Why is narrow market breadth a problem? Because it implies that further market gains are reliant on a smaller number of stocks that are carrying the weight of the overall market. If these stocks eventually start to falter, the subsequent downside in the market could be more pronounced as fewer stocks are remaining to offset the declines.  This is why the so called Magnificent Seven stocks of 2023 were often viewed with some derision, for the concentrated strength in these very limited number of stocks obscured the overall weakness that existed across the rest of the stock market in 2023.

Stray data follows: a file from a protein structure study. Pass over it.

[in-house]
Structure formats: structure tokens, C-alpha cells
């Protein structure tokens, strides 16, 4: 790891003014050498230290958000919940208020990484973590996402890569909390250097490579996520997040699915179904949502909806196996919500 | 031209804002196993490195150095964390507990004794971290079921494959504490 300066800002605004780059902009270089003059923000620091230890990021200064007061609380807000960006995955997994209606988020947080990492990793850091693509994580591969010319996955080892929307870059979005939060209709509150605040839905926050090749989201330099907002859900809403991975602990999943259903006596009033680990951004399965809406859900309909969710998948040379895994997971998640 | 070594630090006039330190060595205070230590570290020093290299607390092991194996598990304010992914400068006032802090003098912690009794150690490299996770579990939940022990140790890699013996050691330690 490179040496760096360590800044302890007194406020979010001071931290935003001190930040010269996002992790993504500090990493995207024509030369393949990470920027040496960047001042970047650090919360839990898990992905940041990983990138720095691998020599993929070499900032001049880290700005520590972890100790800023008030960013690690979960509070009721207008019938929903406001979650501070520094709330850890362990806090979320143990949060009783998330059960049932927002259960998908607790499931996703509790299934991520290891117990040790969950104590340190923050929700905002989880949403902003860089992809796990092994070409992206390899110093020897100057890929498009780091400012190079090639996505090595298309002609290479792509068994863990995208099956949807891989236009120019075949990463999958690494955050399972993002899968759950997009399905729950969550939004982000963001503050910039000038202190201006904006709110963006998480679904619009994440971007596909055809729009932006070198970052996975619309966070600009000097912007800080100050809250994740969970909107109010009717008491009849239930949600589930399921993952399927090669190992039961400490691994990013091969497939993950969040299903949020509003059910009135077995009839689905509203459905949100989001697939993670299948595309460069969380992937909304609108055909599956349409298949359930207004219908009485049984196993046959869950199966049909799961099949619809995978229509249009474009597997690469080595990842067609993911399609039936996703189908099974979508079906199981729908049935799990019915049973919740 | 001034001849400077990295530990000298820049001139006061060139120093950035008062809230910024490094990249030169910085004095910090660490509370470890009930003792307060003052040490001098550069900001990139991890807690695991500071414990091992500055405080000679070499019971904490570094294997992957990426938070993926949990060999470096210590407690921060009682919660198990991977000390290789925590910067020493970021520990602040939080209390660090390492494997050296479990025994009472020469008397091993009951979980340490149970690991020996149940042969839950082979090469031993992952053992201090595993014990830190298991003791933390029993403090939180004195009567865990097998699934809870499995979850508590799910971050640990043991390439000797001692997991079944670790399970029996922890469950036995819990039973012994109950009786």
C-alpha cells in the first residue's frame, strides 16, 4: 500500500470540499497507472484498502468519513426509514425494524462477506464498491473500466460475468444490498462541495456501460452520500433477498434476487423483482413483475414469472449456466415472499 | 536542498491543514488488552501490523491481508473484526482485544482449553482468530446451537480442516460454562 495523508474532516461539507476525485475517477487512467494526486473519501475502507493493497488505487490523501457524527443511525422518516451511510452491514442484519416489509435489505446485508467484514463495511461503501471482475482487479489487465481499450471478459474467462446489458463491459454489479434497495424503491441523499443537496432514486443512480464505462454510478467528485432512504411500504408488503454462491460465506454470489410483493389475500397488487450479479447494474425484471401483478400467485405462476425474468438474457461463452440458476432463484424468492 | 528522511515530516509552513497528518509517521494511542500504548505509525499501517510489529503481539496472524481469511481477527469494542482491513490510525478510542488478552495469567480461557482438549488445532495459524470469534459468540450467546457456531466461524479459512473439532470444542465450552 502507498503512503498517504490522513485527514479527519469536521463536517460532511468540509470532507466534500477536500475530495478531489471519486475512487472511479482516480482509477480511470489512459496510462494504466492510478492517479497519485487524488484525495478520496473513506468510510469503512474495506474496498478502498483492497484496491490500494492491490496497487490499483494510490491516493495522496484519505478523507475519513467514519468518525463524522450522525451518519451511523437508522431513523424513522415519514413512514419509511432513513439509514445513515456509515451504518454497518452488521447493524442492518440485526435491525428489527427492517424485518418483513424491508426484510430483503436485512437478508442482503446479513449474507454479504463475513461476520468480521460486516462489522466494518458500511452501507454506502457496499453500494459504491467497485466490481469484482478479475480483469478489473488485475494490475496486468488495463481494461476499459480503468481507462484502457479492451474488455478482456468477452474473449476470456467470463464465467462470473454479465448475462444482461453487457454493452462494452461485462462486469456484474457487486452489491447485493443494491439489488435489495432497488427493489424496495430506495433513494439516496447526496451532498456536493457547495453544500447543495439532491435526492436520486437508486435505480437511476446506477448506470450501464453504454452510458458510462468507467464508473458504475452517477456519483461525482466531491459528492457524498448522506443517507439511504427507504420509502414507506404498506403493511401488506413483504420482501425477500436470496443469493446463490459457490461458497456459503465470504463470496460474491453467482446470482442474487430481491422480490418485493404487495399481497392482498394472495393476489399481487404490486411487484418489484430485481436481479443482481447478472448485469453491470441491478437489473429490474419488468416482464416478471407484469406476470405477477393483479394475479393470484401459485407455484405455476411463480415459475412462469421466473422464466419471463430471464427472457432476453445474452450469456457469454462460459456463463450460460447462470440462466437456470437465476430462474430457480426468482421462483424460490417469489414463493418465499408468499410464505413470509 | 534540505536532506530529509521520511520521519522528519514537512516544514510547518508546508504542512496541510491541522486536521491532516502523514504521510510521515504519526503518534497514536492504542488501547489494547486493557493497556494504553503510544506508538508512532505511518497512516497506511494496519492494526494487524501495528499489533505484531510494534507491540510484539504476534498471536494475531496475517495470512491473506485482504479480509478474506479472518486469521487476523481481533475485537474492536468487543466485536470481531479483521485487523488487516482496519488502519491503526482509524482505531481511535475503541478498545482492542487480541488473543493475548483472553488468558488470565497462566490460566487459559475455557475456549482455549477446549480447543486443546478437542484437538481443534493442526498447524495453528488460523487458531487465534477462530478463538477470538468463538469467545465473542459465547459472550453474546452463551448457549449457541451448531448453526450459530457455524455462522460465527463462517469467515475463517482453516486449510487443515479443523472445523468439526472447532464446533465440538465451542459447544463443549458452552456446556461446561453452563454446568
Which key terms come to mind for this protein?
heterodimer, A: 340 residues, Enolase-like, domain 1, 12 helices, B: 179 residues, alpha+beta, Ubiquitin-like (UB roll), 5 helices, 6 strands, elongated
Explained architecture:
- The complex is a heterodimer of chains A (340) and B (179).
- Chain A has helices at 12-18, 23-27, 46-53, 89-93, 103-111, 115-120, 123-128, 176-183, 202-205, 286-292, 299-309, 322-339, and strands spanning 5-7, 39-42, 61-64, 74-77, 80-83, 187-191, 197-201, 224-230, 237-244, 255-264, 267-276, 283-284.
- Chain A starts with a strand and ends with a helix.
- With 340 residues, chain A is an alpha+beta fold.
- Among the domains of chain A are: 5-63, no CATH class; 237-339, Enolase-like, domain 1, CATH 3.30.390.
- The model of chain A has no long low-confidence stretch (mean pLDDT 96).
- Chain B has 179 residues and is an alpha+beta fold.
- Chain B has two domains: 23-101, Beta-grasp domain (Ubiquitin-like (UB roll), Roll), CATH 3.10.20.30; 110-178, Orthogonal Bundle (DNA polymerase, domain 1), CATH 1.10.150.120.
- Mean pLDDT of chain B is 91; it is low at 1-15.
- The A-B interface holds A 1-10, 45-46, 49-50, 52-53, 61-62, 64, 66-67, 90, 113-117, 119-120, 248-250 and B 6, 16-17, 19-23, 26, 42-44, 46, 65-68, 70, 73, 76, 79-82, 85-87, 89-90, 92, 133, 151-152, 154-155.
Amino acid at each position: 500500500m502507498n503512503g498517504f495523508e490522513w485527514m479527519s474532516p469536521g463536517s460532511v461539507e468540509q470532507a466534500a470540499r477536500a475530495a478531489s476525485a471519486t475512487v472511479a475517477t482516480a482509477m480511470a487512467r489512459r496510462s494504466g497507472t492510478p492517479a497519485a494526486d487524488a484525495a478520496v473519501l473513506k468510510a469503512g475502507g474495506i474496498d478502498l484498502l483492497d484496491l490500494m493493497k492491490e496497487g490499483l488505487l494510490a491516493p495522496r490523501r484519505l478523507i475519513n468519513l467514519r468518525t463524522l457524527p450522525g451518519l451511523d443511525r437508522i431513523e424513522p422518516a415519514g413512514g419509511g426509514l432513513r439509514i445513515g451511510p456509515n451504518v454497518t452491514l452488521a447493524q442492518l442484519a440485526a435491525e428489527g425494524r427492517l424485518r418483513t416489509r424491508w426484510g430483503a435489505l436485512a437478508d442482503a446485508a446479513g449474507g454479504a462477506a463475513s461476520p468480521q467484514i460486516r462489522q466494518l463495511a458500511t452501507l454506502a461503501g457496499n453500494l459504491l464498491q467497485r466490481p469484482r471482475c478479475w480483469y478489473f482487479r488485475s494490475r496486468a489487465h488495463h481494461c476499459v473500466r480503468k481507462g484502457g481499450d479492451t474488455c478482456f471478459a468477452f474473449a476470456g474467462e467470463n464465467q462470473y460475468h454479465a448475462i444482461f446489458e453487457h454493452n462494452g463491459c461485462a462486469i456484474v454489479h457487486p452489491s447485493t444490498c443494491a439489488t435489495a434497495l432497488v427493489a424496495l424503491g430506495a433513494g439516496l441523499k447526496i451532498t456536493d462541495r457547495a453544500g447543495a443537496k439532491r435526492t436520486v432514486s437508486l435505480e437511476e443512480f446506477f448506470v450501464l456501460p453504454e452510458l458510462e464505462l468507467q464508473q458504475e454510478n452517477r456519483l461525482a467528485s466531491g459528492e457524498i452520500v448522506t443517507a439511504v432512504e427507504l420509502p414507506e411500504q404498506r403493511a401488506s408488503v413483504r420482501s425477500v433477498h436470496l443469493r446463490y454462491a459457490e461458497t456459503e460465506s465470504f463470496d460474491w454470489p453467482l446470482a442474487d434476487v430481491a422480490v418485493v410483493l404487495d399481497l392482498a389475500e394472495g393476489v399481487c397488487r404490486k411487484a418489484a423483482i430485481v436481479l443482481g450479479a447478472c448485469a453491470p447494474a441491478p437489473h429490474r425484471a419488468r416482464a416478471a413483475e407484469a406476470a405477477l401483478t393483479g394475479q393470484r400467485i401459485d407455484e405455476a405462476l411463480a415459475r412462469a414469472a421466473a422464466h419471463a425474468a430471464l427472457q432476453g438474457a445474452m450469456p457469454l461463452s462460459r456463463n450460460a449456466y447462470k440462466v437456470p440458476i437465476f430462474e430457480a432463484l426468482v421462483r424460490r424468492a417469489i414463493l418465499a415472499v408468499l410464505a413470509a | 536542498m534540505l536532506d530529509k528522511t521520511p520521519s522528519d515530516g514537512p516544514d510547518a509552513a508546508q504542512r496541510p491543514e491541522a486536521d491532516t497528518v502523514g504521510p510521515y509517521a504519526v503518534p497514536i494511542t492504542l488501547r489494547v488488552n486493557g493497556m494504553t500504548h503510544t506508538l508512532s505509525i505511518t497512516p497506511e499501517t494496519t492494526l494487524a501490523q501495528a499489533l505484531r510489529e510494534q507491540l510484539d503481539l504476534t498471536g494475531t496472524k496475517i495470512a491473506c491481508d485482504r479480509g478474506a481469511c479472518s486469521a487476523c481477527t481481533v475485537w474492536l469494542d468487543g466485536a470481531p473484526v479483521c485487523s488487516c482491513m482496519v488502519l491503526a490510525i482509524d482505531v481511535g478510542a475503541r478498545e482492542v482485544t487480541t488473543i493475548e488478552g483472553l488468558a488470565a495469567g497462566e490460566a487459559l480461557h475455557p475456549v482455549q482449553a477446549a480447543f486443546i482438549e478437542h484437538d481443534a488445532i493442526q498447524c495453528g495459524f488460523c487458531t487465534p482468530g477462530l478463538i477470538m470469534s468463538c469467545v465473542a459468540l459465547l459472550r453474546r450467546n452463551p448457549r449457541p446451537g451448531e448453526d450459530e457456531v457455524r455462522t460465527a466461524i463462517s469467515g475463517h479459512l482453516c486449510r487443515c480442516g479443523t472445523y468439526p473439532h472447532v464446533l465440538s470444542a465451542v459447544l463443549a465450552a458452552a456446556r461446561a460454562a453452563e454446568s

Breadth test.  So where do we stand today on certain market breadth measures?  Consider that in 2023, only 28% of stocks in the S&P 500 registered an annual return that was better than the +24% return of the overall Index.  Not only was this the lowest percentage of stocks outperforming the broader market in at least a quarter century, but it was more than twenty percentage points below the long run average of 49%.  In short, the market was remarkably concentrated last year.

The good news is that things have been broadening out so far in 2024.  The S&P 500 is up nearly +7% so far this year, and 36% of stocks in the Index are beating the market to date.  The bad news is that this reading is still double-digits below the long-term historical average.  Less concentrated, but still highly concentrated.